Invisible Ink: No 88 - Loren D Estleman
Sunday 07 August 2011
I count at least 65 novels and hundreds of short stories to date in Loren D Estleman's Chandleresque output. Not bad for a guy who works on an old manual typewriter. He's been described as "the Stravinsky of hard-boiled prose", whatever that means, but his career to date is better summed up by The Boston Globe, which says that he's "a true professional, a writer of a sort increasingly rare ... so given to his work as to spontaneously combust to genius".
His novels are the kind you find in dog-eared editions on rotating wire racks in general stores, the sort you may only pick up when you're desperate for reading material on holiday. But Estleman has a secret: he's actually a terrific writer who can turn his hand to almost any style of prose. And that, as we know from past entries in this column, is enough to hopelessly confuse the public.
Estleman was born in 1952, and his childhood love of TV westerns such as Maverick and Gunsmoke led to a series of western novels. His detective fiction series featuring the Detroit-based private eye Amos Walker has reached its 20th volume, and he is currently running several other crime series in the US.
So, why is he difficult to find on British shelves? In part, Estleman is the kind of writer we no longer nurture or publish. In America it's still possible to enjoy a career based on sales of short fiction; many of Estleman's tales have been published in magazines including Ellery Queen's Mystery Magazine. His latest creation, appearing in a series of short stories and novels, is Valentino, a film archiv-ist employed by UCLA who becomes an amateur sleuth involved in murder cases as he tracks down missing films and their stars, .
In the late Seventies, Estleman wrote two volumes of memoirs by John Watson MD, detailing untold novel-length adventures of Sherlock Holmes in which the Baker Street detective tracks Dracula and Dr Jekyll respectively. But my favourite Estleman oddity is Peeper, a pitch-perfect spoof of hardboiled fiction that starts with a dead priest in a hooker's bed. "Was he in a state of Grace?" asks the Bishop, upon hearing of the death. "See, that's what I wanted to talk to you about," replies the private dick, setting off on a chase through lowlife Detroit.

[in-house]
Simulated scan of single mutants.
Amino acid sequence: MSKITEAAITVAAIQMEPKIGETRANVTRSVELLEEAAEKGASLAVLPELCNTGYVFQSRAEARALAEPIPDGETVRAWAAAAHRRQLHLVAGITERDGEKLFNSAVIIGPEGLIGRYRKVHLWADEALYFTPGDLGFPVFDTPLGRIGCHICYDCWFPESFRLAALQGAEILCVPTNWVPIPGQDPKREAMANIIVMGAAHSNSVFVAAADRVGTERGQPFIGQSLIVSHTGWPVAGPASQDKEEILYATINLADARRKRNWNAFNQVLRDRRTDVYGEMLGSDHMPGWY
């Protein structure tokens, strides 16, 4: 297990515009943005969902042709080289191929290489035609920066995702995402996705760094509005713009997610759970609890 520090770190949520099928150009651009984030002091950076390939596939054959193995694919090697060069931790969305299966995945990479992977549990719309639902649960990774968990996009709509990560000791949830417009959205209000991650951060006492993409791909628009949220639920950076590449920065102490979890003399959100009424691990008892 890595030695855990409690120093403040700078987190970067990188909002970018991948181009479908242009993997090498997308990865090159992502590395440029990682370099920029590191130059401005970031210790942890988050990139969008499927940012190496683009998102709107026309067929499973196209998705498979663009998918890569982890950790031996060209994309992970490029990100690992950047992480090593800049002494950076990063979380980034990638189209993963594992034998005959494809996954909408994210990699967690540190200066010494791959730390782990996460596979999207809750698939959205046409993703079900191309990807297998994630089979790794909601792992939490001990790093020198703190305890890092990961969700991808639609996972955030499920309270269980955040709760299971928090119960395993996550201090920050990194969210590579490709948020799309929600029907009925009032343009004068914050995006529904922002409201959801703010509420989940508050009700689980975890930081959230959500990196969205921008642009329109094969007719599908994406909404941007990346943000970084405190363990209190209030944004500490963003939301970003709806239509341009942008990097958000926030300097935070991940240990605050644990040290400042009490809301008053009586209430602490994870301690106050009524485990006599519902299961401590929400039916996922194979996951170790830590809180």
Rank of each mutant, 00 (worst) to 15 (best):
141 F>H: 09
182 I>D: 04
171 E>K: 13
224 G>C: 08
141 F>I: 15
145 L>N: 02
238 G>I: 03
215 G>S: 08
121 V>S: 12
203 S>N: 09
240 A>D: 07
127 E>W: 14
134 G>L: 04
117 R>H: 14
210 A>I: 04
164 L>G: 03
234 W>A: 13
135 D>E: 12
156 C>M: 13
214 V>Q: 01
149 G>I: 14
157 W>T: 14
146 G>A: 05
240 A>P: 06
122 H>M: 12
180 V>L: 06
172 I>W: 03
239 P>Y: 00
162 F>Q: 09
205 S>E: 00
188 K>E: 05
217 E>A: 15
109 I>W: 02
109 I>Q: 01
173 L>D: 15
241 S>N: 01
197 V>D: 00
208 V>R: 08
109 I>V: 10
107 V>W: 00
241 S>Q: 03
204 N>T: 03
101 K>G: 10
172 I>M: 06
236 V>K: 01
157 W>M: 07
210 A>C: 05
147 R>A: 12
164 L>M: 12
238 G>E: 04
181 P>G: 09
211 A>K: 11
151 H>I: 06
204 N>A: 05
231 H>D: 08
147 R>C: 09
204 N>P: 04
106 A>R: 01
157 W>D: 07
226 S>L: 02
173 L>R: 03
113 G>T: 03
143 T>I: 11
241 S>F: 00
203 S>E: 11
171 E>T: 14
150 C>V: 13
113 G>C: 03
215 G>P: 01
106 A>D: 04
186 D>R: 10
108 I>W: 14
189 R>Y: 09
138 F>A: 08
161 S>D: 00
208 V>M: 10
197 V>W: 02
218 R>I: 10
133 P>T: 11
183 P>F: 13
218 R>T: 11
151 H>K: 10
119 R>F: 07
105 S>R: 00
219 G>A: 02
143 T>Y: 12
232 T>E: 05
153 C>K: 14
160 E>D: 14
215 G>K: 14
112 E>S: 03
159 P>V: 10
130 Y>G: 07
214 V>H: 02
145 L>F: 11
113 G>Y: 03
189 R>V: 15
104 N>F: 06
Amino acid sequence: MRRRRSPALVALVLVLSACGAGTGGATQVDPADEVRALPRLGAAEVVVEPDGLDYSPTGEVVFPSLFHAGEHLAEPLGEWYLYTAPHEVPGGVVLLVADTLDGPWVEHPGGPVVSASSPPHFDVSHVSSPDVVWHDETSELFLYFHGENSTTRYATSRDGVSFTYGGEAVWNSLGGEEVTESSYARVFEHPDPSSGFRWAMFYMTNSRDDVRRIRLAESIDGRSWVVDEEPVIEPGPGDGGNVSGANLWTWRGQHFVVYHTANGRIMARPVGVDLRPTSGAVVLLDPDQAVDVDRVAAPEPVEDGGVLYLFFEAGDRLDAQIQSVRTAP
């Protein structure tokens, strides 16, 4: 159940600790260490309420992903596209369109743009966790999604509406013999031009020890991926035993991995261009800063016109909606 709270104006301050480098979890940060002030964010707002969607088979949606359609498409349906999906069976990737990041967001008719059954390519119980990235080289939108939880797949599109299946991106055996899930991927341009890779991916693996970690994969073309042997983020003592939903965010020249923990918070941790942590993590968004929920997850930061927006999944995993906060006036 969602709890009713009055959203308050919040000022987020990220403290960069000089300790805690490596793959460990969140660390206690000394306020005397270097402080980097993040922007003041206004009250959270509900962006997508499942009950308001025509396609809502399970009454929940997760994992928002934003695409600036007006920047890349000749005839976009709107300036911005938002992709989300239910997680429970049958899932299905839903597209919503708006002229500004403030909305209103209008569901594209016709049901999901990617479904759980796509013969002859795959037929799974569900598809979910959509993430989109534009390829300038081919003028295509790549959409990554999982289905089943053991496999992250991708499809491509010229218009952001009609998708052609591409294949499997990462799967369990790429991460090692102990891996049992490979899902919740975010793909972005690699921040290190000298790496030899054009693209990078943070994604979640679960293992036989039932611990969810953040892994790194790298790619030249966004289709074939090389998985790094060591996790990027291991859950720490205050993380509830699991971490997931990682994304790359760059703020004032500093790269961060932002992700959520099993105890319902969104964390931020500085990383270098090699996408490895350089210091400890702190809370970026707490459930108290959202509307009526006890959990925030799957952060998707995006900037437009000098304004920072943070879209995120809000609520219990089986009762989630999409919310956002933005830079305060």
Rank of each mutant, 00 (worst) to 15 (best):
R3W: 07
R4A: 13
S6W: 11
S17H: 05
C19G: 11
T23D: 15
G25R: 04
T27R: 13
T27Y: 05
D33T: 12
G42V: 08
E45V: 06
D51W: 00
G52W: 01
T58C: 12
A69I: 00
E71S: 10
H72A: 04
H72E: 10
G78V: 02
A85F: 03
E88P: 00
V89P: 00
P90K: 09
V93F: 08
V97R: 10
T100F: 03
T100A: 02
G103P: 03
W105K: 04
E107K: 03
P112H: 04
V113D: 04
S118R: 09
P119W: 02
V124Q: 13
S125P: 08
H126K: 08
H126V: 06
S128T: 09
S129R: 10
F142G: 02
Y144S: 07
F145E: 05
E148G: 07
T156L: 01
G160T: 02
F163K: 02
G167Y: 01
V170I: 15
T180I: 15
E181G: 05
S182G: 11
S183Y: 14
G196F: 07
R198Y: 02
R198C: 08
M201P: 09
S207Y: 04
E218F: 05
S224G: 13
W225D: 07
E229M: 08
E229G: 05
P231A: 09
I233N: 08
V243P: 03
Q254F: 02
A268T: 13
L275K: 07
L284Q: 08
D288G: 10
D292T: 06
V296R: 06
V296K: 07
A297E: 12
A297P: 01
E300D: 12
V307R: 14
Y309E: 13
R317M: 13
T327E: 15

Estleman's excellent short stories have been collected, but are virtually impossible to find. Here's hoping his Valentino series finally introduces him to British readers.
The best TV shows and films coming to the servicetv
Watch the new House of Cards series three trailerTV
Oscars 2015It was the first time Barney has compered the Academy Awards
Oscars 2015 From Meryl Streep whooping Patricia Arquette's equality speech to Chris Pine in tears
Oscars 2015 Mexican filmmaker uses speech to urge 'respect' for immigrants
TV ReviewThe intrigue deepens as we delve further but don't expect any answers just yet
Razzies 2015 Golden Raspberry Awards 'honours' Cameron Diaz and Kirk Cameron
Arts & Ents blogs
- 1 End of the licence fee: BBC to back radical overhaul of how it is funded
- 2 This restaurant has misunderstood the concept of 'cheese and biscuits'
- 3 Raif Badawi, the Saudi Arabian blogger sentenced to 1,000 lashes, may now face death penalty
- 4 Delhi bus rapist blames dead victim for attack because 'girls are responsible for rape'
- 5 PornHub turns masturbation into energy in bid to save the planet
New theory could prove how life began and disprove God
This is what it's like to be dead, according to a guy who died for a bit
End of the licence fee: BBC to back radical overhaul of how it is funded
'Jihadi John': CAGE representative storms off Sky News accusing Kay Burley of Islamophobia
Ukip would cut billions from Scottish budget to fund English tax cuts
Nearly 100,000 of Britain's poorest children go hungry after parents' benefits are cut